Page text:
Friday, October 21, 2011

Singulars and plurals

I have a question to put to my erudite band of fellow bloggers. This is a problem I keep hitting, and which critiquers and work colleagues regularly take me to task over.

My problem is that I keep referring to certain collective nouns, specifically nouns that refer to groups of people, in the plural, rather than the singular.

For example...

Suppose at work there is a department called the Standards Office for Paperwork, or SOP (because we like acronyms at work. Yes we do.)

Now maybe I would say something like: SOP has a policy for the use of triplicate forms, which is causing us problems with streamlining our operation. SOP are working with us to find a solution.

I know this is wrong. The problem is that I keep using plurals like this without even thinking about it.

And I think I know why.

When I talk about something that can be seen as belonging to the collective, such as policy (which, after all, could never be the product of real people, only of a faceless machine) I'm perfectly fine with the singular.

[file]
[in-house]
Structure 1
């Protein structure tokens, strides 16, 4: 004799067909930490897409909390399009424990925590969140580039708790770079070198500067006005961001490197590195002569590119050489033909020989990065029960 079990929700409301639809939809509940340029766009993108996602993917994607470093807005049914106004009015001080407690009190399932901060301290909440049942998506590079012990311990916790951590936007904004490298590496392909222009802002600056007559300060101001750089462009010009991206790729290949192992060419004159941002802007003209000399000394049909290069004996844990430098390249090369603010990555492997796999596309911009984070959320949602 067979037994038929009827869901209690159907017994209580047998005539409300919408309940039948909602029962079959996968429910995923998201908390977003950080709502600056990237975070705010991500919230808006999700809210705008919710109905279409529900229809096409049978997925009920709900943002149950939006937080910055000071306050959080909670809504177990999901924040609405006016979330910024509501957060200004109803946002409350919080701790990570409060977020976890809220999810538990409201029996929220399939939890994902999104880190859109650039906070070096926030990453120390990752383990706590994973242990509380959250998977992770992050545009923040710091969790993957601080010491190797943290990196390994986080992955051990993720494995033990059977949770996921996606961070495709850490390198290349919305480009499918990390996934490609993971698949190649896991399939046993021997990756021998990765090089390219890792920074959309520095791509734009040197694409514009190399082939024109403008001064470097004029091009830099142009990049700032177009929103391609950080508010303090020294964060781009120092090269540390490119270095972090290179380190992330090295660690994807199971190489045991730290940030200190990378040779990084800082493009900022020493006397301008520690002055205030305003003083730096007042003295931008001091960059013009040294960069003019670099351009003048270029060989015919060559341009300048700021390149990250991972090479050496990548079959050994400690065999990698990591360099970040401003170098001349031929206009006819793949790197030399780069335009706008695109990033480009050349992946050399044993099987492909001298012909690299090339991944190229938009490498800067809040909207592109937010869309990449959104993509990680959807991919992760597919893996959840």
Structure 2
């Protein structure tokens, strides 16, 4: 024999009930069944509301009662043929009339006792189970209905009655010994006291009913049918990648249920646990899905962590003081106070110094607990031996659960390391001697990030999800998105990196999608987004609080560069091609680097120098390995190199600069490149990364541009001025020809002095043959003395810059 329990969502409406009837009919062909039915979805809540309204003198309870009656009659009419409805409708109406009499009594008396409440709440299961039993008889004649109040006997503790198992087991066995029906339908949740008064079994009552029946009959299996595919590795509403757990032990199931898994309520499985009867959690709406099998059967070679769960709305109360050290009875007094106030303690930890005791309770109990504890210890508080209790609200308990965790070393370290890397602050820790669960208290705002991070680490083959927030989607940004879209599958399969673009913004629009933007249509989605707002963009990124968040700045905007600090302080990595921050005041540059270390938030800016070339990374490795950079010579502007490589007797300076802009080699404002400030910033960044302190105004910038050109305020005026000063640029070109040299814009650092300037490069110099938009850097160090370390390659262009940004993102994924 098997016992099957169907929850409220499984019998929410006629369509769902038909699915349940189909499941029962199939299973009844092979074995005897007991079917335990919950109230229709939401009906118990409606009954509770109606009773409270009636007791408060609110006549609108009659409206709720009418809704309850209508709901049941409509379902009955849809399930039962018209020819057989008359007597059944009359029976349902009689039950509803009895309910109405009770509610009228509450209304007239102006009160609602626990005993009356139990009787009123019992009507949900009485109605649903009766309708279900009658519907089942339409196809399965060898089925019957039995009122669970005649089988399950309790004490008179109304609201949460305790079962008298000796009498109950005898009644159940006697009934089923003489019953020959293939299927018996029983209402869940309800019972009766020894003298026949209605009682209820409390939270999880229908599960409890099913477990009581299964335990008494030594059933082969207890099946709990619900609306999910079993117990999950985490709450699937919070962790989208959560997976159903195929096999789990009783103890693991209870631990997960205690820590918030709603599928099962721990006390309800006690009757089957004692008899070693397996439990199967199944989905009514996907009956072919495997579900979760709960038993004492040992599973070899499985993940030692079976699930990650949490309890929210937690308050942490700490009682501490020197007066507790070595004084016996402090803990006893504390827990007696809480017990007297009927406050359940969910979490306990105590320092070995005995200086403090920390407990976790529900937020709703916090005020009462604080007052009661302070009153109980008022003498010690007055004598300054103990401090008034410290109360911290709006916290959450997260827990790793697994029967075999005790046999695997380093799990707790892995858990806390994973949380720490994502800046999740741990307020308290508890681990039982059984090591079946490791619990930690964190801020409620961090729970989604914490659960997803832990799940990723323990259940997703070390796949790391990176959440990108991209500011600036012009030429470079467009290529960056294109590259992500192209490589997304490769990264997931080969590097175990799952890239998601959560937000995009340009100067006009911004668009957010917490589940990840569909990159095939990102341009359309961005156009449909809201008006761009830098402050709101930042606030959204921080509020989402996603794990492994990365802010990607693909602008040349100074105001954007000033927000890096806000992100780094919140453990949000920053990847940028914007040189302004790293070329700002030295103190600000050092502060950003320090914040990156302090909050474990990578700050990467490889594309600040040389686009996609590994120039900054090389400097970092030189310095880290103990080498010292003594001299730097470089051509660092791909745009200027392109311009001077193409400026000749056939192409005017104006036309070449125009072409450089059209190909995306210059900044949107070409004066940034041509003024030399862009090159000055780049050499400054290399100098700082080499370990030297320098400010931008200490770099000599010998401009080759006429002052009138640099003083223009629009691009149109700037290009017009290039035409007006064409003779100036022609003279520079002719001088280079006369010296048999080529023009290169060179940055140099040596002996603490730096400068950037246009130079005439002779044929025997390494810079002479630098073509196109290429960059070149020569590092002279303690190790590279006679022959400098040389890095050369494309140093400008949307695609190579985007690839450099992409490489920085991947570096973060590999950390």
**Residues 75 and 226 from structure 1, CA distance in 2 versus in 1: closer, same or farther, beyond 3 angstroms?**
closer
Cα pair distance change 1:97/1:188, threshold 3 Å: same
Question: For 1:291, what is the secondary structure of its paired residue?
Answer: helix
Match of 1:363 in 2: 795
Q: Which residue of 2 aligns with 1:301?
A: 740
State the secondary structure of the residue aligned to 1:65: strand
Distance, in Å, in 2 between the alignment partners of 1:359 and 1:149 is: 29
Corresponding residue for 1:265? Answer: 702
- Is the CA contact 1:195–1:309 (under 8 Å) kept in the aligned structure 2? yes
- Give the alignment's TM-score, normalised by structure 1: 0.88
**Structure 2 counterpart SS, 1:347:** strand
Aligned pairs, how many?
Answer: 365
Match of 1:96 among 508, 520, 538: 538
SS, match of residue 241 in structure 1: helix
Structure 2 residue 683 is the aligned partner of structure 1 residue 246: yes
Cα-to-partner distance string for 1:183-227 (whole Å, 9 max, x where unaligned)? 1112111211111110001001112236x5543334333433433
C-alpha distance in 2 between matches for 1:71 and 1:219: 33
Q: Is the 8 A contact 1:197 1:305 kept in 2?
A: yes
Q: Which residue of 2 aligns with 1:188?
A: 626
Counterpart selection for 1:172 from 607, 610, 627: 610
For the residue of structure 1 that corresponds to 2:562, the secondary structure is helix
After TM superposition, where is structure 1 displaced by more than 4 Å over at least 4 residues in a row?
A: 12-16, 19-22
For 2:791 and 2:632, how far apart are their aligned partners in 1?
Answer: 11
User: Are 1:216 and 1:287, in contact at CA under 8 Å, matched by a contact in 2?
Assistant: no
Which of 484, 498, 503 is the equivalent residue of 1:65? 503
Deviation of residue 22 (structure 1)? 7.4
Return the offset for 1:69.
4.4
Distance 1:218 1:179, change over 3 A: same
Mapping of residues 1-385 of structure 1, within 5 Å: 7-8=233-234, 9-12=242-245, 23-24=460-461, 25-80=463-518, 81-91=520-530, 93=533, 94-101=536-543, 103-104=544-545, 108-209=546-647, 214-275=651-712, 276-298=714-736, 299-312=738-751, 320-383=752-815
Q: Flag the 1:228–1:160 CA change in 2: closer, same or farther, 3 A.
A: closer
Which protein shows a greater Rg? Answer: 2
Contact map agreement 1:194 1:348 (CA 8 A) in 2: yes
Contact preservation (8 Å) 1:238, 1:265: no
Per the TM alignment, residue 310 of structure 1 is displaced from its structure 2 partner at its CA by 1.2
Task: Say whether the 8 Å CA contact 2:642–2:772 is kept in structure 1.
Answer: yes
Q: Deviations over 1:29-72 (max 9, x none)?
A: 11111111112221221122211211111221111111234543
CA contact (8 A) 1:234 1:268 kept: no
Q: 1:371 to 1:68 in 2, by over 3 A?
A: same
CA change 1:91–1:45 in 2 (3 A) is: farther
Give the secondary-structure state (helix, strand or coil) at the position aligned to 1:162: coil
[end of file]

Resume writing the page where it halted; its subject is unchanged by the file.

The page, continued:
But whenever I talk about something that implies real individuals, like solving a problem, I always see the people behind the collective name. I can't help it. And it's as if I mentally insert the words "members of" in front of the noun. So I envisage that last sentence as "Members of SOP are..."

Except that's not what I say. It's just implied. To me, anyway, but other folks don't see it that way.

So, I repeat, I know this is technically wrong, and that is not what I'm asking.


My question...OK, questions, 'cos I'm greedy like that...is

Do you have this same problem?

What do you do about it?

And, whether you are an incorrigible pluraliser or a knowledgeable grammarian, what do you think this says about how you see the world?